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An artist's impression of the ESA/NASA ExoMars Trace Gas Orbiter (Image: ESA)

The first joint mission between the European Space Agency (ESA) and NASA that will study the chemical makeup of the martian atmosphere is scheduled for 2016. The ExoMars Trace Gas Orbiter marks an unprecedented alliance between the two agencies for future ventures to Mars and is the first in a planned series of joint missions leading to the return of a sample from the surface of the Red Planet. Scientists worldwide were invited to propose the spacecraft’s instruments and the ESA and NASA have now made their selections.  Read More

The complete BokashiPetCycle Fermenting System

What do you do with your dog or cat poop? Toss it in the garbage? Put it in your compost heap? Hurl it at your noisy neighbors? Well, according to Seattle researcher Lawrence Green, you shouldn’t be doing any of those things. Feces can contain wonderful things like toxoplasma parasites, E. coli, and salmonella bacteria, which can get into the groundwater. In plastic bags in landfills, it generates methane gas and attracts vermin. To that end, Green developed a product called the BokashiPetCycle Fermenting System. It allows you to pickle your pet’s poop, turning it into a harmless plant fertilizer.  Read More

British Gas in the UK has announced a new biogas pilot scheme (Image: butkaj / Flickr, CC ...

It's good to see a national gas company taking the lead in renewable energy. British Gas in the UK has announced a new pilot scheme with Thames Water and Scotia Gas Networks to build a plant that will clean biomethane gas harvested from human waste and inject it back into the grid for use in kitchens and heating.  Read More

If microscopic Martian life is producing the methane, it likely resides far below the surf...

New research has strengthened the possibility that biological life may exist beneath the surface of Mars. Scientists from Imperial College London have shown that the level of methane on the Red Planet can't be explained by meteorites in the atmosphere. This leaves the theory that microorganisms are producing methane gas as a by-product of their metabolic processes as one of the remaining possible explanations.  Read More

Researchers have found that using argon or helium during the nanotube growth process can i...

Researchers at the Honda Research Institute, Purdue University and the University of Louisville have discovered a way to systematically grow carbon nanotubes with either metallic or semiconducting properties, solving a long-standing problem in nanotechnology research and paving the way for the widespread use of nanotubes in electronics.  Read More

The “roulette wheels” created by MIT researchers to show the range of probability of poten...

Research carried out by the MIT's Center for Global Change Science has predicted that global warming will be roughly double previous estimates – and could be even worse than that. While a major 2003 study indicated a median projected increase in earth surface warming of 2.4 degrees Celsius, the new study, which takes into account possible changes in human activities, points to a median probability of surface warming of 5.2 degrees Celsius by 2100 unless drastic action is taken.  Read More

Yamaha's methane powered golf cart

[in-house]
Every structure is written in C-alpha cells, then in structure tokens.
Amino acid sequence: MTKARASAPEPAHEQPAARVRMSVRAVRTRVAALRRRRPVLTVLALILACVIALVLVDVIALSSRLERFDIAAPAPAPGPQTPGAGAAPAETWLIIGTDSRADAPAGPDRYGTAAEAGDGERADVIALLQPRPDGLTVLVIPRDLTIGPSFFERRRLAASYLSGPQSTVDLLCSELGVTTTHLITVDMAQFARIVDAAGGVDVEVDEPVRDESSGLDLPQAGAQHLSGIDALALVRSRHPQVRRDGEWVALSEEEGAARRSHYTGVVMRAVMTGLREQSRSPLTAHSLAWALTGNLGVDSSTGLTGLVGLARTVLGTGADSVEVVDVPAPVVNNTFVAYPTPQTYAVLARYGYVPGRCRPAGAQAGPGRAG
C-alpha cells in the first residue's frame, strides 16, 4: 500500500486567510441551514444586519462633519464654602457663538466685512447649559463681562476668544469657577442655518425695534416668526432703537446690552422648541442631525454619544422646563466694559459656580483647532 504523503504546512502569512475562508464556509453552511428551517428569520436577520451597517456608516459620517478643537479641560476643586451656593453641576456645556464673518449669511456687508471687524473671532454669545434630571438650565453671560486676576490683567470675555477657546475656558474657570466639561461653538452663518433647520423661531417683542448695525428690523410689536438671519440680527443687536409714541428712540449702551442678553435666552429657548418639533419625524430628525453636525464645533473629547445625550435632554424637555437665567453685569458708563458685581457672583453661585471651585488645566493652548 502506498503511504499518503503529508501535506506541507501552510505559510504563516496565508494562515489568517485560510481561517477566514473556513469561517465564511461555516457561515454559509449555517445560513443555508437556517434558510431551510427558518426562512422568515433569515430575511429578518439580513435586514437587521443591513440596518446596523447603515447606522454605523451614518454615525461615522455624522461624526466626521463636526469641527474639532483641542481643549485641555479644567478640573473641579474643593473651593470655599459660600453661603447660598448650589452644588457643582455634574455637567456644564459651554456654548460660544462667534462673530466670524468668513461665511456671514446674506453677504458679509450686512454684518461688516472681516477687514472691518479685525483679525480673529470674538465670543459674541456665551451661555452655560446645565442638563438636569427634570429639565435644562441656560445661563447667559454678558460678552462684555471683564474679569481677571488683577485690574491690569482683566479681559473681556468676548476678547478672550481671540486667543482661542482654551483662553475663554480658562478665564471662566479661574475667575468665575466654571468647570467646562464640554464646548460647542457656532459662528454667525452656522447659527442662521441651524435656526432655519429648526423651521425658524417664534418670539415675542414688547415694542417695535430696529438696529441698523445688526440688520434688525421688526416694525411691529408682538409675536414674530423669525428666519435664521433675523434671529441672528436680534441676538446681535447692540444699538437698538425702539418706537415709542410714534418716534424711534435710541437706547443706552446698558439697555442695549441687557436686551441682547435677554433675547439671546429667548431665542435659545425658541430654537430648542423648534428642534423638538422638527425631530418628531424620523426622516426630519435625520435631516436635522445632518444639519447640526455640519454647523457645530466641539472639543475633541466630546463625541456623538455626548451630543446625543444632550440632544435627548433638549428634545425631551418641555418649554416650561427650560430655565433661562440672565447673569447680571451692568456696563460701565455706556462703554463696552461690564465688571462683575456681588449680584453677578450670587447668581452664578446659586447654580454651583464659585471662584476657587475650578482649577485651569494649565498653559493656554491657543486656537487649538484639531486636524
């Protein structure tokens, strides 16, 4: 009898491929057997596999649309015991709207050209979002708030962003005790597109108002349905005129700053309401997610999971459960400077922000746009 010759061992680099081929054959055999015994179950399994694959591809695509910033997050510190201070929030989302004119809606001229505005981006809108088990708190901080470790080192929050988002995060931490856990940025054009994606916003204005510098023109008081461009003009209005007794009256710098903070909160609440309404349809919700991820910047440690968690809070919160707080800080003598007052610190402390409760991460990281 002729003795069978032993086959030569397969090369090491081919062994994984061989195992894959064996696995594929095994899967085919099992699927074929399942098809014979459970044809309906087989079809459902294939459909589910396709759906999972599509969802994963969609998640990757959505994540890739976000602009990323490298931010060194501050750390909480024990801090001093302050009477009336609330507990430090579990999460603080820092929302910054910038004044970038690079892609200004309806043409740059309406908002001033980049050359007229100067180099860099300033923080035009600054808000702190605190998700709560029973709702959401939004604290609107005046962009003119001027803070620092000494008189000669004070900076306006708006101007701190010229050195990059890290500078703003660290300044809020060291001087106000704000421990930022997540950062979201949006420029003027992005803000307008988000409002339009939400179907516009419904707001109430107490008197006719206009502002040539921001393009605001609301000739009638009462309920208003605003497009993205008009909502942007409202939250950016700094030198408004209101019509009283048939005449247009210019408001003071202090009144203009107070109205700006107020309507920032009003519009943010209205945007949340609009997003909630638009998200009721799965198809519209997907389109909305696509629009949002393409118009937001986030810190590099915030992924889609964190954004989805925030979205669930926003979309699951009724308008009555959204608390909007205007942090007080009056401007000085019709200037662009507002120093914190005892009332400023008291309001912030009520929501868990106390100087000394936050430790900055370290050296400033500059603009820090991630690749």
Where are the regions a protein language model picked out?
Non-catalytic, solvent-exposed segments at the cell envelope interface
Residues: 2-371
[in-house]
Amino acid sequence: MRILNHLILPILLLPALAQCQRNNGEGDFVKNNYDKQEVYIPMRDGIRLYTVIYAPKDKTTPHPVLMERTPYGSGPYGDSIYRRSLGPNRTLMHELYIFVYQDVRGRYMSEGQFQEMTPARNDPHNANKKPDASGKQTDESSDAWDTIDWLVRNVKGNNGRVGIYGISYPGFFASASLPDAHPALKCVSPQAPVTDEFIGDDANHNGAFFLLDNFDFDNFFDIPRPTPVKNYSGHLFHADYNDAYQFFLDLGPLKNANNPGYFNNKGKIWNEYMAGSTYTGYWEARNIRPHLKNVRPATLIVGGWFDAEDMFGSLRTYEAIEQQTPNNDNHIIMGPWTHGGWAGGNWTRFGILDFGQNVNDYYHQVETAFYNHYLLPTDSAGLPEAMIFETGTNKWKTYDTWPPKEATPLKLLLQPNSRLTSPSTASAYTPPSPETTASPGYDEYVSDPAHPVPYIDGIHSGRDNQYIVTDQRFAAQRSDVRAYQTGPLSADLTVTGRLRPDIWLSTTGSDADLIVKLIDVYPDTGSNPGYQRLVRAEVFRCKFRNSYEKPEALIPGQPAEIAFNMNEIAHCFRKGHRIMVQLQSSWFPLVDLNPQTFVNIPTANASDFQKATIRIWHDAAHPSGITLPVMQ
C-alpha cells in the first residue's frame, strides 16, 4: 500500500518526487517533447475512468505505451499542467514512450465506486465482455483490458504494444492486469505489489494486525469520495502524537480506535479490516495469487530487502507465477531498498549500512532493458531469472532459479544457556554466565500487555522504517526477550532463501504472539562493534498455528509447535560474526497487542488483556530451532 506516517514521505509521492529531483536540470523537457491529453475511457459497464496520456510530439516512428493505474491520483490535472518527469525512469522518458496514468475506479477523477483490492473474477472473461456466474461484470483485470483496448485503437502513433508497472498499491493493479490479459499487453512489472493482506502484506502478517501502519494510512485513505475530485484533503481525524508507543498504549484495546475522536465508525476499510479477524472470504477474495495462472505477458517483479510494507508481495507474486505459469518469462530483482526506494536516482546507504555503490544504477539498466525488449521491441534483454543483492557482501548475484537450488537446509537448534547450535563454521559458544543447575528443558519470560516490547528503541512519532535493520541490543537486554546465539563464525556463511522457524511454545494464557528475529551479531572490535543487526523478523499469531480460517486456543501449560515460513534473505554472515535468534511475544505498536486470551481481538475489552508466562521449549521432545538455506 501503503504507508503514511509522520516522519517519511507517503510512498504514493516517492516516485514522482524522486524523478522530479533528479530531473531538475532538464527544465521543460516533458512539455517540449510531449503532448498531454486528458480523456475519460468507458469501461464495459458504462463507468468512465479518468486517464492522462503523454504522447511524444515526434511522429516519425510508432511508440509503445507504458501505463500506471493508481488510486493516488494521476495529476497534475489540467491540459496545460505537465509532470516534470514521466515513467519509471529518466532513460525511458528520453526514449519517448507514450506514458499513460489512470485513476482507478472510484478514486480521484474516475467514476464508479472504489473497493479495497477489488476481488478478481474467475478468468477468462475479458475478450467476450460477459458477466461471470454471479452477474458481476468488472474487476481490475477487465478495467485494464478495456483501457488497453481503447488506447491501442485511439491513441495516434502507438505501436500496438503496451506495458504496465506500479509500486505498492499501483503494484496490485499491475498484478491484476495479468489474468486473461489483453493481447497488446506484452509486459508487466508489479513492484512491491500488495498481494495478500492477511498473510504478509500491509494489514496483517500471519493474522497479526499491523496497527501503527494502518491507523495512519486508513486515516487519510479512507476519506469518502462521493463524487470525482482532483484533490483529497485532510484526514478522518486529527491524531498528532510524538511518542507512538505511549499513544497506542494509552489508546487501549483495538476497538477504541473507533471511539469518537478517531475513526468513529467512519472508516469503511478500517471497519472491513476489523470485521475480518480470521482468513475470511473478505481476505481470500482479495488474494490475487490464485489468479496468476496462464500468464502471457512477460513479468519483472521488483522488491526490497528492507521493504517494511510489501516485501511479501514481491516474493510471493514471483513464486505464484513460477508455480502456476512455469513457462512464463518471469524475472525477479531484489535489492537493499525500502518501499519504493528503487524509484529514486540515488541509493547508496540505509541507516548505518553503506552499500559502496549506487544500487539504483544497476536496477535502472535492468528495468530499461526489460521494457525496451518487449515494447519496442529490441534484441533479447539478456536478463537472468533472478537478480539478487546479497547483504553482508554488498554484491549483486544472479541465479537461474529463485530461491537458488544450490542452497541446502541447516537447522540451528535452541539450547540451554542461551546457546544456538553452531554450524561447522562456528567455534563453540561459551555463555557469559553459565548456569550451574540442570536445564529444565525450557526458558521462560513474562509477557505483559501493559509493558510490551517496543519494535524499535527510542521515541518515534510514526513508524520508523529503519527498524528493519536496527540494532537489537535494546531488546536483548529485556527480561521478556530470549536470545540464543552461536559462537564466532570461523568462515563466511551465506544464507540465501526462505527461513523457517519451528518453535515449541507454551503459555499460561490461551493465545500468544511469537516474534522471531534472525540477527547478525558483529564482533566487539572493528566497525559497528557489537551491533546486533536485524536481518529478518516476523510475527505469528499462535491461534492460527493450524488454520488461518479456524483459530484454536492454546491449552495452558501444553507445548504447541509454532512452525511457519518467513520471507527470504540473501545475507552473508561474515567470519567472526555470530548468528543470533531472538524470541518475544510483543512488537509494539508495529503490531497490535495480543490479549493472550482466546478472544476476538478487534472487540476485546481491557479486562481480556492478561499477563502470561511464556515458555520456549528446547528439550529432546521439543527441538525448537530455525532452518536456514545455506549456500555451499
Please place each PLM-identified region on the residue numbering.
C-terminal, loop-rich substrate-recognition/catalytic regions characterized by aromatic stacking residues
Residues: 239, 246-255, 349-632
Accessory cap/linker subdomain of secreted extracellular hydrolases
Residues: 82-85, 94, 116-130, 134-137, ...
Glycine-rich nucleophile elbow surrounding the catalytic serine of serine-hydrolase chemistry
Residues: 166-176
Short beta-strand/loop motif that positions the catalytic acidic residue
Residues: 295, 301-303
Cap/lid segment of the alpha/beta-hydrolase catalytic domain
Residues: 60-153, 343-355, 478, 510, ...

We've all heard of vehicles that run on the smell of an oily rag, but what about one that runs on the smell of cow dung? A new prototype golf cart developed by Yamaha does just that - sort of - by running on the methane. The golf cart was tested with the assistance of the Osaka Gas Co. which provided methane at low cost to Yamaha for the vehicle tests as part of efforts to promote the use of cow dung biomass as a fuel.  Read More

Fish oils may reduce the methane released by cattle

Omega 3 fatty acids in fish oils have many documented benefits to humans including the reduction of cholesterol, but what of the benefits to animals and the environment in general? While assisting the heart and circulatory system in animals and improving the meat quality in cattle, it is also, according to researchers at the University College Dublin beneficial in reducing methane levels from flatulence when added to the diet of cattle, meaning it's also good for the environment.  Read More

A present-day salt lake in the south of Russia
 Pic Credit: Dr. Ludwig Weißflog/UFZ

A new report by an international team of scientists has suggested that the largest mass extinction in the history of the earth may not have been caused by volcanic eruptions, methane hydrate or the impact of an asteroid as previously surmised. It may actually have been triggered by giant salt lakes, whose emissions of halogenated gases changed the atmospheric composition to such an extent that vegetation was irretrievably damaged. While this is a lot less dramatic than a volcanic eruption or an asteroid, the effect would be no less devastating and may have implications for us today with forecasts predicting an increase in the surface areas of deserts and salt lakes due to climate change that researchers expect will also lead to an increase in the effects of these halogenated gases.  Read More

Nature's SUV in its natural habitat. Between 57.1 and 117.9 million metric tonnes of carbo...

A study published in the Institute of Physics’ Environmental Research Letters section today claims that by converting livestock manure to biogas, the United States could reduce its greenhouse gas emissions and generate up to 108.8 billion kW h – 2.9% of the country’s total electricity requirement.  Read More

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